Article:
Birders and twitchers with a passion for identifying and observing the behaviour of Africa’s feathered species will thoroughly enjoy the Jaci’s Lodges Big Birding safari. Led by passionate birding specialists and guides Etienne Marais & Trevor Hardaker, with assistance from Jaci’s expert field guides, this unique safari will teach you how to recognise and name bird species by sight, sound and habitat.

More than 340 bird species have been recorded in the Madikwe Game Reserve, many of them near-endemic to Southern Africa, especially those of the arid west region. The terrain of the reserve offers avid bird watchers and anyone interested in birds and their behaviour an excellent opportunity to view the birds in their natural habitat, with good photographic opportunities adjunct to the birding.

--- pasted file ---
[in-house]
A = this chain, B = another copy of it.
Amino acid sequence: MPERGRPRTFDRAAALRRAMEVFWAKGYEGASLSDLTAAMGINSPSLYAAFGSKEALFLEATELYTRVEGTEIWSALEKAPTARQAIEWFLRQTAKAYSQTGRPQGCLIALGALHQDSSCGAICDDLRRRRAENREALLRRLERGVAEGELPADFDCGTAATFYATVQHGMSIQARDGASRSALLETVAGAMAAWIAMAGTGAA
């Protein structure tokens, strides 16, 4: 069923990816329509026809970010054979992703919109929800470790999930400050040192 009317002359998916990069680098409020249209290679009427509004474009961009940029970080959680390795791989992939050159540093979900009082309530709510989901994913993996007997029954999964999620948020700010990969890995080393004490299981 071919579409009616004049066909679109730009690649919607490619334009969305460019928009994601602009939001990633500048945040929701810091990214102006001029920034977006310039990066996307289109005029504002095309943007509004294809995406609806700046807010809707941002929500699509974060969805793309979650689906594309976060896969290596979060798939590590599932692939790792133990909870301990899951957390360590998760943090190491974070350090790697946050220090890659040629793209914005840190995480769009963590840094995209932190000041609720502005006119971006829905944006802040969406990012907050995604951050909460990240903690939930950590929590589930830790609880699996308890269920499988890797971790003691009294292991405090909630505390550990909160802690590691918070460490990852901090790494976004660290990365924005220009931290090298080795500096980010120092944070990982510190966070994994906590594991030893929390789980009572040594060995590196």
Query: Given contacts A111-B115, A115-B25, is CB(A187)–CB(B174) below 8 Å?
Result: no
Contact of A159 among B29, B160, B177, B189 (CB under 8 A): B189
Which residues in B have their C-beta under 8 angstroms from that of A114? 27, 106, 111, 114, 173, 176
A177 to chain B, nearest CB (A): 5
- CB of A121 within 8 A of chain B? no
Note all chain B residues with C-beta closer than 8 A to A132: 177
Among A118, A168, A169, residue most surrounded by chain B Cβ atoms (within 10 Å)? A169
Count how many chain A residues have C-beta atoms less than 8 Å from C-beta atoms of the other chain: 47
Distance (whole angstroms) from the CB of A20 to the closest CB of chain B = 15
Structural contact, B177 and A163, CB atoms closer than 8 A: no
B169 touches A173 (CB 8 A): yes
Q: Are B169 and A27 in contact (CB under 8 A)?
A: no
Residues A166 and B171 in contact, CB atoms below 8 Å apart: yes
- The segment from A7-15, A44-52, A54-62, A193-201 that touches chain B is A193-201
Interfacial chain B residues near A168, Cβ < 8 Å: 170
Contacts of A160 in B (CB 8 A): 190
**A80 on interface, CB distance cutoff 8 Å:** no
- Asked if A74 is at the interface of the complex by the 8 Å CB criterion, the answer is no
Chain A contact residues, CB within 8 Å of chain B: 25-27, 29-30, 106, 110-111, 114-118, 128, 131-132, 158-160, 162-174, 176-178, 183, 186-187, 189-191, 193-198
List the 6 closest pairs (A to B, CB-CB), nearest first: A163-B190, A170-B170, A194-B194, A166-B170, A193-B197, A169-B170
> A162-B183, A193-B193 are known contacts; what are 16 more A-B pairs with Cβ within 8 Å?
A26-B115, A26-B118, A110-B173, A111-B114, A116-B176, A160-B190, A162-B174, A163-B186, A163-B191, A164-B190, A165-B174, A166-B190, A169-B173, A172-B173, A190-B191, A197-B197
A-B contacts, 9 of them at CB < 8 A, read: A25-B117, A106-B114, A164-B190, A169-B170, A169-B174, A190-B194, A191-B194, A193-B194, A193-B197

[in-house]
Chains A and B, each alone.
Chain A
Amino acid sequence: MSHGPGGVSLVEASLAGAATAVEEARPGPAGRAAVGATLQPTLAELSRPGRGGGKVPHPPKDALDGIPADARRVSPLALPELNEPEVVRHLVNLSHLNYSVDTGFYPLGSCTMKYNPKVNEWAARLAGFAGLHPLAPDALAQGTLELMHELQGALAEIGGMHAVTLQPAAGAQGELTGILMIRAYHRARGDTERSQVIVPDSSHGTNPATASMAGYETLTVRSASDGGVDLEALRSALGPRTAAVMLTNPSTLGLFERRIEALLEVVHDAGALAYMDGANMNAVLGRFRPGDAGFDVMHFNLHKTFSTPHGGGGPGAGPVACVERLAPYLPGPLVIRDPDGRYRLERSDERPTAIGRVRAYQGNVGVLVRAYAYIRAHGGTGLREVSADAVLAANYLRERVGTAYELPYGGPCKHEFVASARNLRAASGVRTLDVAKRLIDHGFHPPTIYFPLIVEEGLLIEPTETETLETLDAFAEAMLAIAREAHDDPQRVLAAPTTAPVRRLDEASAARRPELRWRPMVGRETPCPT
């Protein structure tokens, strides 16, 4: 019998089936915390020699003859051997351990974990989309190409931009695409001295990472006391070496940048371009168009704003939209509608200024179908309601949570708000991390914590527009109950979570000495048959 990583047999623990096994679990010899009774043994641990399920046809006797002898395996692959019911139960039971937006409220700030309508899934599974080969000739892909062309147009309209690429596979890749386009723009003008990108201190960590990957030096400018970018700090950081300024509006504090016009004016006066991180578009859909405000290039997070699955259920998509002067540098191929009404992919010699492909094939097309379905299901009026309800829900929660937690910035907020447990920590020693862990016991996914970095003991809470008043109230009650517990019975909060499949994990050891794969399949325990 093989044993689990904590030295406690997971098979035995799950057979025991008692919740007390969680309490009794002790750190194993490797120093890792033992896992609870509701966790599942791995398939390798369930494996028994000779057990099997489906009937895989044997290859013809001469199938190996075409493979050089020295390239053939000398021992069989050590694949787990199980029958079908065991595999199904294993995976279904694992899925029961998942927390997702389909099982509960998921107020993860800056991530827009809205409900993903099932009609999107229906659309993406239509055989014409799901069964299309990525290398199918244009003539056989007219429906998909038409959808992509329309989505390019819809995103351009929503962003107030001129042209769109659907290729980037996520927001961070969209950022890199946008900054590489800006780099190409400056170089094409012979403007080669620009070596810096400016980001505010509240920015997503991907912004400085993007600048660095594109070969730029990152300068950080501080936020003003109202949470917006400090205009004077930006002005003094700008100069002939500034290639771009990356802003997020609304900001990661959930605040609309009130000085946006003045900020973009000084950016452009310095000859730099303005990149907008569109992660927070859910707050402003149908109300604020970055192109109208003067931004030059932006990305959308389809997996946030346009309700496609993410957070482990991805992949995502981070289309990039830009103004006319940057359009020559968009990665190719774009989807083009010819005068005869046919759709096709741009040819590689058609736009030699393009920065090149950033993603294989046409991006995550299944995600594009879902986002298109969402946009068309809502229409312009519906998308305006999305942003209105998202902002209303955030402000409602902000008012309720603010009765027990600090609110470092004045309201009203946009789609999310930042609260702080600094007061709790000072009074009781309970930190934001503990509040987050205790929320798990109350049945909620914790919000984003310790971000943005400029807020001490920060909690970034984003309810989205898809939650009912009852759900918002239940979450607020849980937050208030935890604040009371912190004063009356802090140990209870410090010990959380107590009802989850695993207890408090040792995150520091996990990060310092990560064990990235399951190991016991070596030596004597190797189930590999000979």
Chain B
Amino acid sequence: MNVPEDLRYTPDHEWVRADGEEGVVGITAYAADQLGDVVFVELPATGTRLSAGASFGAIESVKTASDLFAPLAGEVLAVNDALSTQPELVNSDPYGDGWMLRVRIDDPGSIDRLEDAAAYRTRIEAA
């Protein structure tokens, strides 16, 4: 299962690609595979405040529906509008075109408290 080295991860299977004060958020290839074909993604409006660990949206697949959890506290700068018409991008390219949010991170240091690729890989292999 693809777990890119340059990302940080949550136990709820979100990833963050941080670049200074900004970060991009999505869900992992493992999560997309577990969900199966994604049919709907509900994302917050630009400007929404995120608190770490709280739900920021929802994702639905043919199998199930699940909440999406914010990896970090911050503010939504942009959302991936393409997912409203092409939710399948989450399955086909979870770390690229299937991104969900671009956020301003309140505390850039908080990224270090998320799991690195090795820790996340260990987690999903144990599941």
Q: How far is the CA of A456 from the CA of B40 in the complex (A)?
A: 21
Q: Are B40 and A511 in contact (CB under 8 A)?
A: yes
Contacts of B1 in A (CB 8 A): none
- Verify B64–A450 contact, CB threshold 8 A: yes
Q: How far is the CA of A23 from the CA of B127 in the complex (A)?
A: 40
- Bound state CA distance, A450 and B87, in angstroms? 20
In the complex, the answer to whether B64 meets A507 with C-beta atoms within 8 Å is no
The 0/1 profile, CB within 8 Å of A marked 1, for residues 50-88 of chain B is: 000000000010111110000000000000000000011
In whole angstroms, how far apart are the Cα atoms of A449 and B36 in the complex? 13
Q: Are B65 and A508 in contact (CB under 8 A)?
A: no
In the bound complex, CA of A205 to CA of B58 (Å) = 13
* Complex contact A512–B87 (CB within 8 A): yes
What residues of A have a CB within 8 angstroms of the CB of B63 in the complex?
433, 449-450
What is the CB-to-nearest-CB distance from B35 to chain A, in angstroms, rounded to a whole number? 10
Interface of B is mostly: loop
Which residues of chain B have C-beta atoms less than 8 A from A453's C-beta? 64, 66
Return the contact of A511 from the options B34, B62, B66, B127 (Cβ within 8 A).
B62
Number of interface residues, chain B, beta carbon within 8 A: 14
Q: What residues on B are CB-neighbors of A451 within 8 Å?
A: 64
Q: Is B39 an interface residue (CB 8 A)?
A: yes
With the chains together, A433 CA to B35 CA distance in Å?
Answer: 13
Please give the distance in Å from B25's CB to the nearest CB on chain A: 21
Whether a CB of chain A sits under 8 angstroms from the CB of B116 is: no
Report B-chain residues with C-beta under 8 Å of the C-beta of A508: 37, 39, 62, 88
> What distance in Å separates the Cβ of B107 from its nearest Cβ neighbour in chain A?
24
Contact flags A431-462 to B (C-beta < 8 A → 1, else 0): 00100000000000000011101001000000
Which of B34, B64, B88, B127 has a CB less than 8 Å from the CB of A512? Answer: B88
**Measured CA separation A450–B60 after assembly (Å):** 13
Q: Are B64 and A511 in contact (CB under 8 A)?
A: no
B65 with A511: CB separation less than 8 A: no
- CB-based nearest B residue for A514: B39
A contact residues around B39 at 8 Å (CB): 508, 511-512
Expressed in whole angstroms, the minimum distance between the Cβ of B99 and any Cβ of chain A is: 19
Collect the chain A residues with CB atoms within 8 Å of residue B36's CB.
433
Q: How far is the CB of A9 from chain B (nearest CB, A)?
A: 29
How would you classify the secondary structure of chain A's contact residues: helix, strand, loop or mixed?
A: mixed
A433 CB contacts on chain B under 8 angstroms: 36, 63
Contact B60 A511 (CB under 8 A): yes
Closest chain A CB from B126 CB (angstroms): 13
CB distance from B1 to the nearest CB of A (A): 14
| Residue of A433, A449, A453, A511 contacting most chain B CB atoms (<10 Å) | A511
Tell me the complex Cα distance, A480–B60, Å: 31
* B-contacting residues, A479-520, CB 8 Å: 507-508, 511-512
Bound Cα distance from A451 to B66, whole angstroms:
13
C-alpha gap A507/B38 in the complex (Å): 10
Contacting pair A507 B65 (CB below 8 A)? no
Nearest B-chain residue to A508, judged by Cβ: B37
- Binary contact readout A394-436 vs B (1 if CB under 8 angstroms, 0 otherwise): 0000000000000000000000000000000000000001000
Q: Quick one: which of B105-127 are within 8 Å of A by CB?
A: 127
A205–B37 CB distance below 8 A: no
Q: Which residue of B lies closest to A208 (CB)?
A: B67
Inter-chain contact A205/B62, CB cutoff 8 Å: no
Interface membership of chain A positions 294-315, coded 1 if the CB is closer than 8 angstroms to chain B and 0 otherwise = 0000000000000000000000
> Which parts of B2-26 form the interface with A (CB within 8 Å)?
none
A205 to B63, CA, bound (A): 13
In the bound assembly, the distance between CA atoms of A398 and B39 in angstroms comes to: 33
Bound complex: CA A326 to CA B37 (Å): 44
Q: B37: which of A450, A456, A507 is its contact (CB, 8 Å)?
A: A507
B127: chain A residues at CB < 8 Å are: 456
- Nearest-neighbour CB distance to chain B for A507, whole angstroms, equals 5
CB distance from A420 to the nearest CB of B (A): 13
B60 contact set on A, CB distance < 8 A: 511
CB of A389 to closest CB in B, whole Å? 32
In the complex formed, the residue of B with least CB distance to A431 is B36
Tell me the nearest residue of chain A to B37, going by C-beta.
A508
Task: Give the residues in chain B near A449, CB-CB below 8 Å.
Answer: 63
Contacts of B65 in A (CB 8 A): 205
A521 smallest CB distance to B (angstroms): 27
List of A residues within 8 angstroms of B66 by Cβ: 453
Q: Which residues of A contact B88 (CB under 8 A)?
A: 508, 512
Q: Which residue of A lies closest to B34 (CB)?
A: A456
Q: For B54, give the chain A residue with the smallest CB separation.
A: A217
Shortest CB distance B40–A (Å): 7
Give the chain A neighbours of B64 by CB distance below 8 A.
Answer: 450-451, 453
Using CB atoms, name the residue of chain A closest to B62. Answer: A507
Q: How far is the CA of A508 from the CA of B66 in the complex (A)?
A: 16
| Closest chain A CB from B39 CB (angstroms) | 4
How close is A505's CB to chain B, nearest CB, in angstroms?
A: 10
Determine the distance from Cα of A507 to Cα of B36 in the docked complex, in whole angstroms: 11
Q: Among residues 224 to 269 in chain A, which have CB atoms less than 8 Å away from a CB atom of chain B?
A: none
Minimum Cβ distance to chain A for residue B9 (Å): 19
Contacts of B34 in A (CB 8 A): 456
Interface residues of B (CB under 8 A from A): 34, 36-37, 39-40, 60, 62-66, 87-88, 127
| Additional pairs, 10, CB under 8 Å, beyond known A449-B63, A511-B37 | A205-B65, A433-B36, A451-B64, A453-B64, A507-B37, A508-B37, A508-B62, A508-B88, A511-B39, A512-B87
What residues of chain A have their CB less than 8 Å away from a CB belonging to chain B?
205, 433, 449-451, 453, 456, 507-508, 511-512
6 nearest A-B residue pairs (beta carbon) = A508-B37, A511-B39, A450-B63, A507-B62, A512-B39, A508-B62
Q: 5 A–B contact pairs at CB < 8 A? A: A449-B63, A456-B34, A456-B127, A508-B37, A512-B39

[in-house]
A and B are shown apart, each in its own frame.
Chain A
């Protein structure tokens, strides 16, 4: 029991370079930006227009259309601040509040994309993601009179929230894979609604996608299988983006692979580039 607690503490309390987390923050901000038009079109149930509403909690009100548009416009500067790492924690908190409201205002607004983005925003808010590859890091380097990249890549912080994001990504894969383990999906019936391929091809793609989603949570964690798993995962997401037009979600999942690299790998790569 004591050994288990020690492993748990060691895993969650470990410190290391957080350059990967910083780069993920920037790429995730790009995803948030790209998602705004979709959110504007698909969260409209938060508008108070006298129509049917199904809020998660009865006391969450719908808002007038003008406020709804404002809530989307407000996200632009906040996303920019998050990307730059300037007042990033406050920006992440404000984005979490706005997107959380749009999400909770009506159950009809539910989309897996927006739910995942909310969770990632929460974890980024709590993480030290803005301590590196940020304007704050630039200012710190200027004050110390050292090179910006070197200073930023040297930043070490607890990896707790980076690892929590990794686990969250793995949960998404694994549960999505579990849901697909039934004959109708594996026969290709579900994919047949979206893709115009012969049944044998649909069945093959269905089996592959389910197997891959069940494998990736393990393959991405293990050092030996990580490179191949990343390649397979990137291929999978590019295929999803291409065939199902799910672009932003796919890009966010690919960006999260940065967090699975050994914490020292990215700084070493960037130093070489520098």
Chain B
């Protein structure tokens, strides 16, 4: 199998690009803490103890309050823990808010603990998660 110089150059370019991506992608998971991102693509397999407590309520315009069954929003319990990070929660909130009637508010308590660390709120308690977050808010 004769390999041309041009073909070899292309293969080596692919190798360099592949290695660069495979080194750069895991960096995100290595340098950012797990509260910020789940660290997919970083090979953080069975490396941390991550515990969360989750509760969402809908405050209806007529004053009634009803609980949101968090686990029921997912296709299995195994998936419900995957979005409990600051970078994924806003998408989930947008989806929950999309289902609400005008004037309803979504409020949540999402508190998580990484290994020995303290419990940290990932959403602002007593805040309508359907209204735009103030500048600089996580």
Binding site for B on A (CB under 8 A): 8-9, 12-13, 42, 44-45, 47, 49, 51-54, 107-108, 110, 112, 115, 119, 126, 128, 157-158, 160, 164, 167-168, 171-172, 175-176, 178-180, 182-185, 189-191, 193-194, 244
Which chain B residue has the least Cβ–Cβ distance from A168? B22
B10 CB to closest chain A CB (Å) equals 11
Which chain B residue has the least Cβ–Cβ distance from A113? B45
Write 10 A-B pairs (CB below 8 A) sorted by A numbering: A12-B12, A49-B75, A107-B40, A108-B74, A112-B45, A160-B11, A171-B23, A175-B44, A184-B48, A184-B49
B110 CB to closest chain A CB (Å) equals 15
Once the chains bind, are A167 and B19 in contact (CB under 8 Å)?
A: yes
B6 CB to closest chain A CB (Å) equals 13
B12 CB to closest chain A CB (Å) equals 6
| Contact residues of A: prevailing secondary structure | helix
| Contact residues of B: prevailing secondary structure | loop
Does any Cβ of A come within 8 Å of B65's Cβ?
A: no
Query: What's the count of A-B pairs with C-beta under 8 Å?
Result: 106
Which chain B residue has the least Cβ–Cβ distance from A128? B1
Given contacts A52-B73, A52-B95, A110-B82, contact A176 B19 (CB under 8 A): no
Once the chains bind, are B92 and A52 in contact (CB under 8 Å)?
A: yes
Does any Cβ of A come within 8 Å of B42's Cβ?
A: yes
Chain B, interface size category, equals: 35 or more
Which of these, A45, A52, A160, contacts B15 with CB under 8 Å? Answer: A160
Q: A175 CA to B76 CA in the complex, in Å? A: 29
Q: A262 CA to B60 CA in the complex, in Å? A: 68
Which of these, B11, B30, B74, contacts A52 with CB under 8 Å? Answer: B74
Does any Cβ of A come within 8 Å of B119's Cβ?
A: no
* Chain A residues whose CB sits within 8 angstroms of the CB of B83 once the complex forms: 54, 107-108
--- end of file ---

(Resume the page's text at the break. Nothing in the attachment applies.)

The Big Birding safari only take place during November to coincide with the Bird Life Big Birding Day & when migrant species are visiting South Africa.



Etienne Marais

Etienne Marais has been birding for close on 47 years – having started out at the age of 7.  Etienne is a former council member of BirdLife South Africa and former Chairman of the Pretoria Bird Club (Now BLNG) Since 1998, Etienne has been leading birding tours throughout Southern Africa and has a particular love for Mozambique with over 45 birding tours to that country.